1. Artificial limbs from smartphone parts
After seven years of hard work, Vanderbilt University researchers have created a prosthetic leg using smartphone innovation. Not only does the leg weigh less than most lower limbs, it has the ability to use computers, sensors, monitors and battery technology to better power the knee and ankle joints in unison.
Through sensors, the leg can sense slopes and avoids obstructions in order to optimise balance. By using microprocessors, collected data predicts the persons intended actions and prompts the limb to respond.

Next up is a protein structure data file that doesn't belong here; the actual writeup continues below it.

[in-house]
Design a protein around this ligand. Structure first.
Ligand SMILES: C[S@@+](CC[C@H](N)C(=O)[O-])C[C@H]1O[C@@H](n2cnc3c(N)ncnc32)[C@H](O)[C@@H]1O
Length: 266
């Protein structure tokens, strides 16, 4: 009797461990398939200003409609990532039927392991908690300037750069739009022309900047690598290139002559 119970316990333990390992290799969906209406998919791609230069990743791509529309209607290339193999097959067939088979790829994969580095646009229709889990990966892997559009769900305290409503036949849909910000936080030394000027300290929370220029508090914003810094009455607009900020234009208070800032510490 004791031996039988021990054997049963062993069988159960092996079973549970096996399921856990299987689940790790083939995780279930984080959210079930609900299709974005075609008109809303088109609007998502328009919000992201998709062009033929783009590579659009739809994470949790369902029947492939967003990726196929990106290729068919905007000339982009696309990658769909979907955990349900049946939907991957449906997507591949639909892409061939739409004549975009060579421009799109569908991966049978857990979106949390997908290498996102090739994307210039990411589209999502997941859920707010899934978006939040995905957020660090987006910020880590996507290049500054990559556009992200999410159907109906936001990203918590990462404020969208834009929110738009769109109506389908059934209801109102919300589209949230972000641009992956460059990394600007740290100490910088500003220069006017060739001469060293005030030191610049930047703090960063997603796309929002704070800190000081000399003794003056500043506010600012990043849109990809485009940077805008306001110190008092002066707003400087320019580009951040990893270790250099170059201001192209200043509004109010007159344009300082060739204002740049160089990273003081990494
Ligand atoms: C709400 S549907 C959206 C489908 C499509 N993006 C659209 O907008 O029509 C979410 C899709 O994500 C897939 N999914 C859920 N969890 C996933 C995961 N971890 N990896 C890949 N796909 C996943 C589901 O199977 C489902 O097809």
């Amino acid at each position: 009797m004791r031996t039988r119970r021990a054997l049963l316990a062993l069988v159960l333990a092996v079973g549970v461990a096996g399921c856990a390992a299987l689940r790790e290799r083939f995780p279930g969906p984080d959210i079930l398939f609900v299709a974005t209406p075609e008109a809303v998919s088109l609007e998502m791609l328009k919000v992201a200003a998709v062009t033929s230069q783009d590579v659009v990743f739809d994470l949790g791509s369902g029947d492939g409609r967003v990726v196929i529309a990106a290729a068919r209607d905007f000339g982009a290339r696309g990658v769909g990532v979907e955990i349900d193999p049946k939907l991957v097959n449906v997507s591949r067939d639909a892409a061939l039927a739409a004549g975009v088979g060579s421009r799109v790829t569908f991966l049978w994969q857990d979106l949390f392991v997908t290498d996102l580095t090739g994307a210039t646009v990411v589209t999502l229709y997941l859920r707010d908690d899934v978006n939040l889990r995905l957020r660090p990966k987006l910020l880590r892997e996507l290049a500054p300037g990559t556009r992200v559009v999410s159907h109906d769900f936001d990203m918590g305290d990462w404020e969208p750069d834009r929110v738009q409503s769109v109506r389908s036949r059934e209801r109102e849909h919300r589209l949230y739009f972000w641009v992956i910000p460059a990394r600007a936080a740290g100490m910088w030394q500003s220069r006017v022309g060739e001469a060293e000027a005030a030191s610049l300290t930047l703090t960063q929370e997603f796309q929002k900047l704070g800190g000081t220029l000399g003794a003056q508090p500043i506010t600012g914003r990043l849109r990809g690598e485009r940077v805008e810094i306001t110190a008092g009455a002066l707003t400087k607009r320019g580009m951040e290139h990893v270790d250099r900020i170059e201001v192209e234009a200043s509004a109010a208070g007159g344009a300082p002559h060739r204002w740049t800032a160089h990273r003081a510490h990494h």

A US company called Touch Bionics is now using the same advanced technology that power modern smartphones to power a growing wave of next-gen prosthetics: i-Limbs. As such limbs have been made public less than a year ago, fewer than 50 people in the US have one. Incredibly, as smartphones become faster and more efficient, so do prosthetics.
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